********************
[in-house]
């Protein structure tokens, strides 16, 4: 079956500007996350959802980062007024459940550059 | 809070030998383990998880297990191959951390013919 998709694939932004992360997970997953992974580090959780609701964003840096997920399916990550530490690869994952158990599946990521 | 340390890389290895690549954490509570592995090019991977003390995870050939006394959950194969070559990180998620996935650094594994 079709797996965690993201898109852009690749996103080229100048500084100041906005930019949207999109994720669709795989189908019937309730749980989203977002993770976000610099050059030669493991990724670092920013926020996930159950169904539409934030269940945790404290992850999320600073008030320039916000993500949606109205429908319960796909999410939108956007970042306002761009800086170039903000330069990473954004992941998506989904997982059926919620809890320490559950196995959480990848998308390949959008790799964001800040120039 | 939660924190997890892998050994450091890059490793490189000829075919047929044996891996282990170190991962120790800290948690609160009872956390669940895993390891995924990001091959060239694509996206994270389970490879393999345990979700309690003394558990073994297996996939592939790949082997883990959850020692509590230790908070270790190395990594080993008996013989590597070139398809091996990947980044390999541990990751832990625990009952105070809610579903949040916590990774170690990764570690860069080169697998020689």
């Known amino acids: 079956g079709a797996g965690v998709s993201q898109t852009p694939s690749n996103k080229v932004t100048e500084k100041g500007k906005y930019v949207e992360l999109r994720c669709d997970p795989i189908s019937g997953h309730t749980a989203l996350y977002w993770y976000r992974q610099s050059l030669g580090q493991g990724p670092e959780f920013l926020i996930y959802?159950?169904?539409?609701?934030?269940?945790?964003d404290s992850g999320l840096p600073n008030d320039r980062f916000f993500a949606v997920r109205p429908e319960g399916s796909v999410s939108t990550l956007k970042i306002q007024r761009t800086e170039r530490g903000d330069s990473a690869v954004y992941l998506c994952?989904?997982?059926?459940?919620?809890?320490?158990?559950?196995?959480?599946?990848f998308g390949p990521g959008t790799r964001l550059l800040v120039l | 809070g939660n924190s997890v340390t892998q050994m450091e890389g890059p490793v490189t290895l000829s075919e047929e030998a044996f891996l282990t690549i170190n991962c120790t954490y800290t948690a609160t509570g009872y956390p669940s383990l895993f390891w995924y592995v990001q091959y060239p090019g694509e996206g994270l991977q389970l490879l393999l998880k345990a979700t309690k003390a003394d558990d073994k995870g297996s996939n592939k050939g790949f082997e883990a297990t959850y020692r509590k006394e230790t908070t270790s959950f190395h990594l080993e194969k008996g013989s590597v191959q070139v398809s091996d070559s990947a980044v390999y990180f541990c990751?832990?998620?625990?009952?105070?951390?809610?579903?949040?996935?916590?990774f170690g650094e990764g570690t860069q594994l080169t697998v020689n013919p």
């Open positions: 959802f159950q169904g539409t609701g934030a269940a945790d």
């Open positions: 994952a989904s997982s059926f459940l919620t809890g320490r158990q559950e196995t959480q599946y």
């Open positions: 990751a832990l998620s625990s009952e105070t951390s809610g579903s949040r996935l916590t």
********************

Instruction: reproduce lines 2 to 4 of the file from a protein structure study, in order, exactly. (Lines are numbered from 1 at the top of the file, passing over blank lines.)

């Protein structure tokens, strides 16, 4: 079956500007996350959802980062007024459940550059 | 809070030998383990998880297990191959951390013919 998709694939932004992360997970997953992974580090959780609701964003840096997920399916990550530490690869994952158990599946990521 | 340390890389290895690549954490509570592995090019991977003390995870050939006394959950194969070559990180998620996935650094594994 079709797996965690993201898109852009690749996103080229100048500084100041906005930019949207999109994720669709795989189908019937309730749980989203977002993770976000610099050059030669493991990724670092920013926020996930159950169904539409934030269940945790404290992850999320600073008030320039916000993500949606109205429908319960796909999410939108956007970042306002761009800086170039903000330069990473954004992941998506989904997982059926919620809890320490559950196995959480990848998308390949959008790799964001800040120039 | 939660924190997890892998050994450091890059490793490189000829075919047929044996891996282990170190991962120790800290948690609160009872956390669940895993390891995924990001091959060239694509996206994270389970490879393999345990979700309690003394558990073994297996996939592939790949082997883990959850020692509590230790908070270790190395990594080993008996013989590597070139398809091996990947980044390999541990990751832990625990009952105070809610579903949040916590990774170690990764570690860069080169697998020689």
């Known amino acids: 079956g079709a797996g965690v998709s993201q898109t852009p694939s690749n996103k080229v932004t100048e500084k100041g500007k906005y930019v949207e992360l999109r994720c669709d997970p795989i189908s019937g997953h309730t749980a989203l996350y977002w993770y976000r992974q610099s050059l030669g580090q493991g990724p670092e959780f920013l926020i996930y959802?159950?169904?539409?609701?934030?269940?945790?964003d404290s992850g999320l840096p600073n008030d320039r980062f916000f993500a949606v997920r109205p429908e319960g399916s796909v999410s939108t990550l956007k970042i306002q007024r761009t800086e170039r530490g903000d330069s990473a690869v954004y992941l998506c994952?989904?997982?059926?459940?919620?809890?320490?158990?559950?196995?959480?599946?990848f998308g390949p990521g959008t790799r964001l550059l800040v120039l | 809070g939660n924190s997890v340390t892998q050994m450091e890389g890059p490793v490189t290895l000829s075919e047929e030998a044996f891996l282990t690549i170190n991962c120790t954490y800290t948690a609160t509570g009872y956390p669940s383990l895993f390891w995924y592995v990001q091959y060239p090019g694509e996206g994270l991977q389970l490879l393999l998880k345990a979700t309690k003390a003394d558990d073994k995870g297996s996939n592939k050939g790949f082997e883990a297990t959850y020692r509590k006394e230790t908070t270790s959950f190395h990594l080993e194969k008996g013989s590597v191959q070139v398809s091996d070559s990947a980044v390999y990180f541990c990751?832990?998620?625990?009952?105070?951390?809610?579903?949040?996935?916590?990774f170690g650094e990764g570690t860069q594994l080169t697998v020689n013919p």
């Open positions: 959802f159950q169904g539409t609701g934030a269940a945790d």